Walking under high-voltage poles with Tribrids (EST)

Strange occurence:
A few days ago I had a nice sunday hike and was walking under the below high-voltage poles with my Moondrop Variations on streaming from Qobuz. Suddenly I heard some hissing/distortion/crackling/static sound. I suspect the EST drivers are sensitive to high voltage magnetic fields? I’ll doublecheck when I have some spare time.
Maybe one of you guys is interested to check this phenomenon if you live near high-voltage poles and have IEMs with EST drivers?


Were you using a bluetooth DAC/amp? Because bluetooth is often sensitive to any interference.

No all wired, iPhone->HIDIZS DH80S->Moondrop

I can’t say with certainty, but those electret drivers might be more sensitive to it. Typical electrostatic are externally powered, where the electret is pre-charged ( meaning it has a lifespan ), and I am probably no good at explaining it. The fact that it has charge means the field from the power lines might impact the electret power store ( I assume in a small capacitor or something like that ).

I have an electret in the KZ ZEX, and I haven’t noticed this. I live near some high voltage lines, but I was in my apartment building on floor 1 of 3, so the building probably breaks up the EM field interruptions from the power lines.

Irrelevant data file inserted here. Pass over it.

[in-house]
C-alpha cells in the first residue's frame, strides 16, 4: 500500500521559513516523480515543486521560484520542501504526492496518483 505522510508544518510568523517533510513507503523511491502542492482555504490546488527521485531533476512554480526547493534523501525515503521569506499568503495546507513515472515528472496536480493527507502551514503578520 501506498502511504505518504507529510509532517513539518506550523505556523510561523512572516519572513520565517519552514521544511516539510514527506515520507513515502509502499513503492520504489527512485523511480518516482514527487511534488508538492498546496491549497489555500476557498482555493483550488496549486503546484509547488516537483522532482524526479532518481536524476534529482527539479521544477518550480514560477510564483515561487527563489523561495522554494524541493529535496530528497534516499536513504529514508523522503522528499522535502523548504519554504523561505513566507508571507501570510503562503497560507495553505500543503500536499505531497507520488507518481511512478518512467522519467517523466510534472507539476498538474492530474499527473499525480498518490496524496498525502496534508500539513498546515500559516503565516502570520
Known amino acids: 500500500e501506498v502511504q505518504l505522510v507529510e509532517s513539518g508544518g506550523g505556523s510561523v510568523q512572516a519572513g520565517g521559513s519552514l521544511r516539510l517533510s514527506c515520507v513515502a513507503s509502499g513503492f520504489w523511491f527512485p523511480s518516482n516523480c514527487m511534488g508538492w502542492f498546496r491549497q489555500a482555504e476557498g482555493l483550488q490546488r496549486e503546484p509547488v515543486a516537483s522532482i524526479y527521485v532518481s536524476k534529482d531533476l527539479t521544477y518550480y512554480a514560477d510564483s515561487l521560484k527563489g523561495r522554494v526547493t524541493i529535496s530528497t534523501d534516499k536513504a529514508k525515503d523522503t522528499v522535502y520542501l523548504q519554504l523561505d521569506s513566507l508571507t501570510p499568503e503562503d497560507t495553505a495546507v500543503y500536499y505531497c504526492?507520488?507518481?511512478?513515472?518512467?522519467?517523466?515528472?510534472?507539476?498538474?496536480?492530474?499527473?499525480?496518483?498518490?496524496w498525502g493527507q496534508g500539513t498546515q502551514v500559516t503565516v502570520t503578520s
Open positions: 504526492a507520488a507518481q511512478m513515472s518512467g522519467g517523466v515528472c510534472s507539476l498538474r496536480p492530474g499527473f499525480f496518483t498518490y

I have the ZEX too – do you mean to say the technology it has means it has an expiry date of some sort? Not too concerning at the price it is, but worrying for anyone invested in pricey tribrids with electrets? I suppose the lifetime is very long so that it scarcely matters, perhaps?

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Yes, but I think it is measured in decades, which is why it doesn’t come up.

I wonder how many decades. I know if I ever did have the money to drop on $500+ keepers, I’d truly want them to be keepers. I suppose if they are being used regularly/daily, any form of driver will be sounding a little worn out in 30 years I would presume. I wonder if they have a notable half-life, sounding a bit less strident a decade at a time, or whether they’d just suddenly conk out after staying at full performance until then?

I’m just curious now. Thanks for the answer.

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I think you nailed it. My old speakers had paper and foam that didn’t age well. Today we do far better on materials, and always seem to creep forward on the technology to create sound. The idea of putting 3-12 sound producing things inside your ears would have been inconceivable not that long ago.

I also have to guess that they can be re-charged or repolarized possibly more like a magnet. The descriptions of the pre-charge are sort of vague. I don’t know what price point makes that worth while, but typically the gear for that type of stuff get cheaper over time. By the time it is an issue, the device to do it will probably be cheap or if nothing else available in a local maker space.

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By the time they wear out the rest of the IEM might have encountered other issues, especially with QC on certain sets.

There could also be new technologies in future IEMs that you want to get at that point. So upgrading would be the alternative to replacing.